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Required Reading: ‘A Theoretical War, Part 3’

Ludology, Wired Magazine, 2006

Me: i was reading this tonight
Me: http://www.electrondance.com/a-theoretical-war-part-3/
Me: i was feeling out how joel goodwin feels
Me: i think i like where he takes it
Me: how much about games criticism do you read

Julian: not much


Julian: man I hate it when things become binary

Me: mhm

Julian: that said, I was thinking that I don’t want my game-playing to be interactive infographs either, you know?

Me: ah, here it is!

Narrow definitions of games are perfectly valid within little contextual spaces. Ludology can have its rules-based framework. Narratology is free to pursue games through narrative. Art games can co-exist with the FPS, the RTS and the platformer. They don’t have to compete. Why can’t we have different theories for different situations, each one handling their own definition of game?

Every voice and viewpoint is valuable. What’s so maddening are the destructive attempts to own the word game. Mathematics blossomed into a thousand different branches, so has games and so should the theory. Some will care about narrative. Some will care about rules. Some will care about player experience. Some will care about monetization. And some will try to change the world.

There’s enough space for everyone.

Julian: music is kind of like that too
Julian: hardcore music theorists are all about structure (and usually against tonality)

Me: i inadvertently read that the wrong way
Me: as people who are not hardcore into music theory,
Me: but rather, into hardcore music……… theory

Julian: haha

(This all came up because Julian had actually sent me this, and I became very, “oh, hmm.” )

(P.S. If you happily follow all Goodwin’s endnotes, you might suddenly discover it is a quarter after 10pm and you have not yet washed a single dish or glass.)

5 responses to “Required Reading: ‘A Theoretical War, Part 3’” »

  1. Jenn, thanks! Although keep the link under your hat, I fear I’ll get a full-blown ludology vs narratology debate in the comments. That’s right, I wrote something I don’t want people to read. I suppose if I wanted to be even more topical I could have thrown in “dumb games can co-exist with smart games”.

    Odd timing; I am planning to link to an earlier piece of yours tonight. It looks like a link exchange…

    • Jenn Frank says:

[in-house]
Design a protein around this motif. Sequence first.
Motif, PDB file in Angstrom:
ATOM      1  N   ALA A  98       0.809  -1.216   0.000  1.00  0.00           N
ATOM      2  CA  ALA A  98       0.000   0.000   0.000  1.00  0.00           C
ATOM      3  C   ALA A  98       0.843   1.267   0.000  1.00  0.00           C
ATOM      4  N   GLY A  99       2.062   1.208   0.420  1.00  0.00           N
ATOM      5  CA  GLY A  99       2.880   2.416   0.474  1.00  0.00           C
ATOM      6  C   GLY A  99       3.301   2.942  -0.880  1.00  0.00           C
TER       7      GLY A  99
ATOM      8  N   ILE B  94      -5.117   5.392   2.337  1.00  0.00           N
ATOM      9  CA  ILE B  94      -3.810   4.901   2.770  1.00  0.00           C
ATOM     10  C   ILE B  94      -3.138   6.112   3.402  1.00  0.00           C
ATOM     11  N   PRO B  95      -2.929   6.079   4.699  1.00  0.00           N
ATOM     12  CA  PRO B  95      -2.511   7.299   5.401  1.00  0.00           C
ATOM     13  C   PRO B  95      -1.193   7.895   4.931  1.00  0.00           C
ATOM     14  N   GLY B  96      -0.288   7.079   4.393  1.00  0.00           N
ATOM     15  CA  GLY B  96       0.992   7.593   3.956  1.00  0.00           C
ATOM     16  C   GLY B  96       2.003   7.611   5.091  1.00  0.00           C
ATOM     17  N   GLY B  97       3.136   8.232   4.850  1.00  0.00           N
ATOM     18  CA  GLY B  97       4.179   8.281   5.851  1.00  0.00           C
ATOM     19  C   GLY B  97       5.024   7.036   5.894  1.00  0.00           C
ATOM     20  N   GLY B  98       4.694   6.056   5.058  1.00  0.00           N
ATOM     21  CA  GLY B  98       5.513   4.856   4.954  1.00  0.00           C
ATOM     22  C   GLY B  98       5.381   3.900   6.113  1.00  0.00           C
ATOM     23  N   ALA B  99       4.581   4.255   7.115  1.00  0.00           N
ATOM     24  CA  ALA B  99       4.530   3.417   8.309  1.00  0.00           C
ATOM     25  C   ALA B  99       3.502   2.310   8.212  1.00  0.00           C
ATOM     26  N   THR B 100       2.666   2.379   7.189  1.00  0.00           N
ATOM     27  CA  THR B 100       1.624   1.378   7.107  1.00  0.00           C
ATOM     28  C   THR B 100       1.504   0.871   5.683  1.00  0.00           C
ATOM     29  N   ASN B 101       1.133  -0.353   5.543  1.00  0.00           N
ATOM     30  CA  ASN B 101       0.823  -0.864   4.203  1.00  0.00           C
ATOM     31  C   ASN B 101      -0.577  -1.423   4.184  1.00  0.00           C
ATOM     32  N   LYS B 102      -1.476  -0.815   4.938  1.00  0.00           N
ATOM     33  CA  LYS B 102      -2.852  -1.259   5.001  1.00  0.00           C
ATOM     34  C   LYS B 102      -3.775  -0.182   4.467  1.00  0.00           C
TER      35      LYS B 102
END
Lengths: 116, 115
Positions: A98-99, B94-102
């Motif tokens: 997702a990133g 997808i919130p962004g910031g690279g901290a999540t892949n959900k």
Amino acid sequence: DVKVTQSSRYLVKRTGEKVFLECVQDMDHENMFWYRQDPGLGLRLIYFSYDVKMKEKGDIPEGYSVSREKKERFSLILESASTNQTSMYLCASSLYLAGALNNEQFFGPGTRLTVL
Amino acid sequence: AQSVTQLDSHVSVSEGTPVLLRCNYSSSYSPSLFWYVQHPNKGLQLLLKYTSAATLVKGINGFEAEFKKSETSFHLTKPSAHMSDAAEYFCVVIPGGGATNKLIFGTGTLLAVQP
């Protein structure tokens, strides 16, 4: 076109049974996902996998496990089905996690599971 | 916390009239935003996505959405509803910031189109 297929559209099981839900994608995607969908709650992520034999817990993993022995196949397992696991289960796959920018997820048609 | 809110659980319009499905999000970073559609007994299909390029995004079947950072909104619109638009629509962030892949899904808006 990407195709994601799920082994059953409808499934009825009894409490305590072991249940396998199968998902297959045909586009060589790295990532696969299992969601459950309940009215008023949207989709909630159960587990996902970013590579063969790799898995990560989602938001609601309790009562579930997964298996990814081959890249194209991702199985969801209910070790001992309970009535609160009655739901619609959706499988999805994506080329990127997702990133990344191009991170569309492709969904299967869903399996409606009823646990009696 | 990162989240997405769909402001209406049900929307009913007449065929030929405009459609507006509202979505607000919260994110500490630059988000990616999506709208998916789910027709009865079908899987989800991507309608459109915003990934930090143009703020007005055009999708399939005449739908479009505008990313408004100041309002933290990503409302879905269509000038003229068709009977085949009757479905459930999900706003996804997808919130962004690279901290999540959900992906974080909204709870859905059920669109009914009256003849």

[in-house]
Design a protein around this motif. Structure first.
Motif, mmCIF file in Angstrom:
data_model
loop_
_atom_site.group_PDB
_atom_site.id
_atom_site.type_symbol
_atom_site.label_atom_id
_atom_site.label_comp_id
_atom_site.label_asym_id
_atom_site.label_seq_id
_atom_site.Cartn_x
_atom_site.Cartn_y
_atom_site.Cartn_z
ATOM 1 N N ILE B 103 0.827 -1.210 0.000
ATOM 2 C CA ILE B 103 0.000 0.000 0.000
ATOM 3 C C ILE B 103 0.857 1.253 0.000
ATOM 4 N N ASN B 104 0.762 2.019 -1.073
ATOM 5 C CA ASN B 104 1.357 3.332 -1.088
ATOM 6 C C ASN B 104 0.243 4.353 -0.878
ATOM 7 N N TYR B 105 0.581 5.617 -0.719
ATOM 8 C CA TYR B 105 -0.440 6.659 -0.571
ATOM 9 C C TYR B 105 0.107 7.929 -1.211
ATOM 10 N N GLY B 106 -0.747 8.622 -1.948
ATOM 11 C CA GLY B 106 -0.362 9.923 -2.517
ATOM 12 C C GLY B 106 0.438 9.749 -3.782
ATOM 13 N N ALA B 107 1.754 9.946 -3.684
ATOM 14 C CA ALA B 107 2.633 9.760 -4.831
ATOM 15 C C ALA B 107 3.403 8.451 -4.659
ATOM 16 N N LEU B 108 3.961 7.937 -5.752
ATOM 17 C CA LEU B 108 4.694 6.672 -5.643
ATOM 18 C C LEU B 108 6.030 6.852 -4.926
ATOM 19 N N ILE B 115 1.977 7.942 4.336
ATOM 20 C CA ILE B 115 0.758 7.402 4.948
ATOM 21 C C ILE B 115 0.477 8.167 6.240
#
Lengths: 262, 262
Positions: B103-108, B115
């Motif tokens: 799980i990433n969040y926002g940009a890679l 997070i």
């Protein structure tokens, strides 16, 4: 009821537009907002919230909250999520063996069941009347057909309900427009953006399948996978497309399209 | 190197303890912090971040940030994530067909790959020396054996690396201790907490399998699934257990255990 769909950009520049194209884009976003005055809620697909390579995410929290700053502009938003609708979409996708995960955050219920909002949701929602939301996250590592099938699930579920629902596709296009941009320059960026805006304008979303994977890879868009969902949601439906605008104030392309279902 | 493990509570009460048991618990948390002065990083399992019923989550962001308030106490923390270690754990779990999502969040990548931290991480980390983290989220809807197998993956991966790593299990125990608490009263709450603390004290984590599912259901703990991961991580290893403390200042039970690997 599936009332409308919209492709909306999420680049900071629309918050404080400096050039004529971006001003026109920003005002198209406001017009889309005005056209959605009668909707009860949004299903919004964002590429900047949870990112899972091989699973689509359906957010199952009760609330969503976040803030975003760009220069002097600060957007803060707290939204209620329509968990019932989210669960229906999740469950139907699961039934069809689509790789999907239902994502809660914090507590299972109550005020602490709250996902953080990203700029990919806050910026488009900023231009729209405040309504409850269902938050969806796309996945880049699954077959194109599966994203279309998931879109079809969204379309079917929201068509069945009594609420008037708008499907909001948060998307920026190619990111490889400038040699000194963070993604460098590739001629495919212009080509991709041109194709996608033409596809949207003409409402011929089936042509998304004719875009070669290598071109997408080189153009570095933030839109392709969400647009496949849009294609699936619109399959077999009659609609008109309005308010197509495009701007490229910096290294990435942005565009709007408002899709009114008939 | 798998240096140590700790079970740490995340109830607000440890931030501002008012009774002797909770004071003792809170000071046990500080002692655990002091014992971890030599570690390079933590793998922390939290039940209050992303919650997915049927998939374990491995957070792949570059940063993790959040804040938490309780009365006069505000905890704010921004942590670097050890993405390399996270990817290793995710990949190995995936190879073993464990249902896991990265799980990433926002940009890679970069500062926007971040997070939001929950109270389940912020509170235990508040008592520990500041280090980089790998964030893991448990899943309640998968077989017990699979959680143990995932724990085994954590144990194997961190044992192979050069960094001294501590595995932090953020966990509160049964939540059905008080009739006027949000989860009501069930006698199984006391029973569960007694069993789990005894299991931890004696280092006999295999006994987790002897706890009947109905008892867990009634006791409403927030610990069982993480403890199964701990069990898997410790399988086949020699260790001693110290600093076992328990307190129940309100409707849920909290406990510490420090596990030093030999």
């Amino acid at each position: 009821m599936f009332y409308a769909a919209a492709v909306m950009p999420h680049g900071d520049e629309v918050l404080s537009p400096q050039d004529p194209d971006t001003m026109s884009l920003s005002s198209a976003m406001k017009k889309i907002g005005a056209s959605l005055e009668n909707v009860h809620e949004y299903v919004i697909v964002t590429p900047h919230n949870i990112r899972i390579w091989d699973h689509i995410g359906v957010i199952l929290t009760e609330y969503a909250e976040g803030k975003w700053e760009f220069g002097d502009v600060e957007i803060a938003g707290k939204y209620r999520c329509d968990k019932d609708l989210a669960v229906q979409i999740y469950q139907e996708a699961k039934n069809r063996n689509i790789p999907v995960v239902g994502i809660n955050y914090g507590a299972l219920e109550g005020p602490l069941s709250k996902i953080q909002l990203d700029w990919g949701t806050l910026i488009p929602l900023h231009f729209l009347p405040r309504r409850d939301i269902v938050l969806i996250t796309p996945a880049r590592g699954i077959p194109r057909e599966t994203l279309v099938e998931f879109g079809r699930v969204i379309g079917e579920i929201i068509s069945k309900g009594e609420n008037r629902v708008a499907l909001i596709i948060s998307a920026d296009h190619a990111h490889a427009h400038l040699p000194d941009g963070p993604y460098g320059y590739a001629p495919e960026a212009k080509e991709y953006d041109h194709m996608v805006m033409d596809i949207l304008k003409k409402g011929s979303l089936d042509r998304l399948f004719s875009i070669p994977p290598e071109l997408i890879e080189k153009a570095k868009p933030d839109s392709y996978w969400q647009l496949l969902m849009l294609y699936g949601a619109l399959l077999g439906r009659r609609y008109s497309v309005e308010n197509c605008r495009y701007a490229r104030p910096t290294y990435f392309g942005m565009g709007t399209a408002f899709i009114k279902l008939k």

Oof! May I ask right here? Is this not OK? I can pull it down, but I feel like your end point—that there is room enough for every philosophy—is really the correct one. I’ve posted things I’ve hoped no one would read as well, so I do understand. :>

      Still! This was one of the best things I’ve read in a long, long time! I didn’t take much time to really explain or extrapolate on my own blargh, only because I very much feel it needs neither. (Also, I was a latecomer to the post, and my apologies for not seeing it earlier in the week!)

      • Oh I’m just joking really, although I do worry about having a comment thread of rage! I can’t really complain about the linking, I shouldn’t have posted if I didn’t want to be linked =) Kotaku has been in the last couple of days yesterday but no-one spotted the lead article. Phew, dodged a bullet there.

        And if I’m correct on the timezones, you probably should be asleep and not replying to my comments.

      • Jenn Frank says:

        Ha! While I ought to be asleep, I had a late start today.

        If I may: your post is an enormous help to any gamedev who feels trapped in the crosshairs of some made-up debate, and for my own part I want to encourage that gamedev to approach game-making from whatever vantage she intuitively prefers. As a reader/writer I think I’d probably make a narrative game, but as a player, I prefer purely mechanical games. What does that mean! And it doesn’t mean anything, really. Or it means both things. I don’t know! But thank you for acknowledging that Venn intersection of game design, because there is no real “debate,” here, only various elements to consider.

        Anyway. Thank you thank you thank you.

      • Nice to hear that, Jenn. These have not been particularly popular articles even though the comments have been alive with the sound of music.

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